A "novel" influenza type A virus was confirmed in two hog farm workers in the central Canadian province of Saskatchewan, according to health authorities who stressed the virus was "non-pandemic."
"A novel non-pandemic influenza A virus has been confirmed in two hog farm workers in Saskatchewan and a third case is under investigation," the provincial authorities said, noting the workers had fully recovered.
AdvertisementHealth Minister Leona Aglukkaq said: "We are working closely with the province of Saskatchewan to learn as much as we can about this new flu virus.
"Preliminary results indicate the risk to public health is low and that Canadians who have been vaccinated against the regular, seasonal flu should have some immunity to this new flu strain," she added in a statement.
The Public Health Agency of Canada (PHAC) said its microbiology lab in Winnipeg, Manitoba had found that the new strain consisted of genes from human seasonal flu and swine flu viruses.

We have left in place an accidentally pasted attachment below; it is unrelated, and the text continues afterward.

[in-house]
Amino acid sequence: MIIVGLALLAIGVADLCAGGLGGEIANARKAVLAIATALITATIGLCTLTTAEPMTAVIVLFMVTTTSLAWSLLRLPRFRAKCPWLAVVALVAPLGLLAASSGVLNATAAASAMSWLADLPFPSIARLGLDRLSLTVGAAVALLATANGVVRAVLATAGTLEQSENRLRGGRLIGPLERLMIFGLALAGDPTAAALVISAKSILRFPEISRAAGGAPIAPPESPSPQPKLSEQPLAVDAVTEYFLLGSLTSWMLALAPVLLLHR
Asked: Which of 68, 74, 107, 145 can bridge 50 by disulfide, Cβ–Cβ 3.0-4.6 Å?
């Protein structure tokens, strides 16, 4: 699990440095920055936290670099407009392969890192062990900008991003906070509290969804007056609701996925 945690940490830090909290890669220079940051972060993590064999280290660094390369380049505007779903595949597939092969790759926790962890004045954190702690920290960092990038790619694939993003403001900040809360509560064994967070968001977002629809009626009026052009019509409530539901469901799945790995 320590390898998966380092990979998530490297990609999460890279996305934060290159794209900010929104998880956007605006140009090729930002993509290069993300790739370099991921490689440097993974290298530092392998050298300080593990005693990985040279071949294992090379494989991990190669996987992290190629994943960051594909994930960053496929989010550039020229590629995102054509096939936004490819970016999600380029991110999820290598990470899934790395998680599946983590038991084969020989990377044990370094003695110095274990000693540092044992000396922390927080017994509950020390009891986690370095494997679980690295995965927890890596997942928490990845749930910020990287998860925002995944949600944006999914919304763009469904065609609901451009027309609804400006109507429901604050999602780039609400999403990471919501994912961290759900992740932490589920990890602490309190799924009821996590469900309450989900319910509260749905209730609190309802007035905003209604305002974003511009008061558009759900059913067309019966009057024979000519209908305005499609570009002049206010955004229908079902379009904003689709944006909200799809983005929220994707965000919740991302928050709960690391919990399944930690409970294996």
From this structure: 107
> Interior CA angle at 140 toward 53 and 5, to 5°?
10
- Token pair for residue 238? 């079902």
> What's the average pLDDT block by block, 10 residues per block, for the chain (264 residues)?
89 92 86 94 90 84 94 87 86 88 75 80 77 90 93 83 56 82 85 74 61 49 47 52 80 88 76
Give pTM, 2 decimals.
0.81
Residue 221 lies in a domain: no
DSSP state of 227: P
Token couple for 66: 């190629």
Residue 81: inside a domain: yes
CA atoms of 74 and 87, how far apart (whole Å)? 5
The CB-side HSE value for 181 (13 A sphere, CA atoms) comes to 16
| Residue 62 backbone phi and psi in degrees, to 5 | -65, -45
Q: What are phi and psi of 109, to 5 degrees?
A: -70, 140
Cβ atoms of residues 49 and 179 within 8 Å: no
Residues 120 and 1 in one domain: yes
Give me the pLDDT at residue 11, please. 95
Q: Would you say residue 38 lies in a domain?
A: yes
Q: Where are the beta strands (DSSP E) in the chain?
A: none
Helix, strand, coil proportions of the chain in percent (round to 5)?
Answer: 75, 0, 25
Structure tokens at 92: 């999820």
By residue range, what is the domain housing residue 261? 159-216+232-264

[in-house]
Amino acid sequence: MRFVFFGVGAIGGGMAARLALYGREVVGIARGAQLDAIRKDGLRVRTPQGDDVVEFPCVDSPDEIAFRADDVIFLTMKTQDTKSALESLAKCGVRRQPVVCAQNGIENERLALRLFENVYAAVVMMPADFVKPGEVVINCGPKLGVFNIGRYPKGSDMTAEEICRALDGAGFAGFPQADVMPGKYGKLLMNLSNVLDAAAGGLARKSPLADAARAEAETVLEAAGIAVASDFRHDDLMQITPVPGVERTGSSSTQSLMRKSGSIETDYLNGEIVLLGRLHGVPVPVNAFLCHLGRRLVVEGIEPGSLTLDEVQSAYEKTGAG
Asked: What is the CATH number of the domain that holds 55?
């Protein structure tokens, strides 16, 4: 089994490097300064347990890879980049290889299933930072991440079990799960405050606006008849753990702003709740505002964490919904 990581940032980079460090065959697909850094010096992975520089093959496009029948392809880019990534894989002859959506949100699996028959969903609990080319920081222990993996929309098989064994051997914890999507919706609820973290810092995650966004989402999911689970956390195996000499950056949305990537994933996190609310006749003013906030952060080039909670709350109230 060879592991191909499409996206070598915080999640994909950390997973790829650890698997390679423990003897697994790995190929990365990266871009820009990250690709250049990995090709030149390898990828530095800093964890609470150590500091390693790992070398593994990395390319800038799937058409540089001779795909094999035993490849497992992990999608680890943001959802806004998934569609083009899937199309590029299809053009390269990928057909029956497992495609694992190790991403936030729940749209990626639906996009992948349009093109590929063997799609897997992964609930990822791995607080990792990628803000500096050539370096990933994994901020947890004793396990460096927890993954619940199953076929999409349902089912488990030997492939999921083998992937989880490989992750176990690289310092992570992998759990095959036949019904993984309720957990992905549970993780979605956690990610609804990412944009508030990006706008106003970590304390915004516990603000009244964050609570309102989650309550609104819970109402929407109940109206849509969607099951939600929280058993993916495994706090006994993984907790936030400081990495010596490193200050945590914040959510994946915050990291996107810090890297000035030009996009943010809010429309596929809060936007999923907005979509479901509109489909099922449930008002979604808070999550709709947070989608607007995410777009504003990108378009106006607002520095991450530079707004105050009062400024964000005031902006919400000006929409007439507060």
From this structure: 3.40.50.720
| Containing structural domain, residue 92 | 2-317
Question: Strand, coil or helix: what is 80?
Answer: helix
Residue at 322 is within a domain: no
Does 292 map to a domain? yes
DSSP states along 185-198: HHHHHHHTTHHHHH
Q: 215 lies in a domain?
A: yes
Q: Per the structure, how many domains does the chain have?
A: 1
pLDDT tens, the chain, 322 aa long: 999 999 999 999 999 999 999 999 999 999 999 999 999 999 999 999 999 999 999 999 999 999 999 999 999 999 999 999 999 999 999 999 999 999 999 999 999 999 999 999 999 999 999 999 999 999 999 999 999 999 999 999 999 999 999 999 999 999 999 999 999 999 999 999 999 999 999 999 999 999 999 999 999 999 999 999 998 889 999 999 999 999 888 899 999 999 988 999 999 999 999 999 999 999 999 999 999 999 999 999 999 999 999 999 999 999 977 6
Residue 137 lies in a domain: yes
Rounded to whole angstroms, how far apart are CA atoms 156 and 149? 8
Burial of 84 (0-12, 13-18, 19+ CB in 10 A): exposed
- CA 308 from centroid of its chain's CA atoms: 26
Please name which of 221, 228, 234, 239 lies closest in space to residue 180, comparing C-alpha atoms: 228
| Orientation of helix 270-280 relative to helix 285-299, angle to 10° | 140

However, it stressed, the virus was not a new strain of the pandemic A(H1N1) flu virus that first emerged in Mexico in late April before spreading across the world.
"There is no evidence," PHAC said, "that this new human strain of the virus is present in the swine herd."
Worst hit by the A(H1N1) virus are the United States with 170 deaths, Mexico (119 deaths) and Argentina (60 deaths), ahead of the 37 people killed by the pandemic in Canada.
The World Health Organization has also been informed of the new strain in Canada.
Striking a reassuring tone, local health officials stressed that these types of viruses are not easily transmitted between humans and that there was no evidence to the contrary.
"Our ongoing surveillance detected the new strain, and we will continue to aggressively monitor and test Saskatchewan residents in the affected area," said the province's chief medical health officer Moira McKinnon.
Saskatchewan said it had taken several precautionary measures, including boosting surveillance of humans and pigs, reinforcing bio-security on the hog farm, which was not identified by name, and vaccinating the farm's workers.
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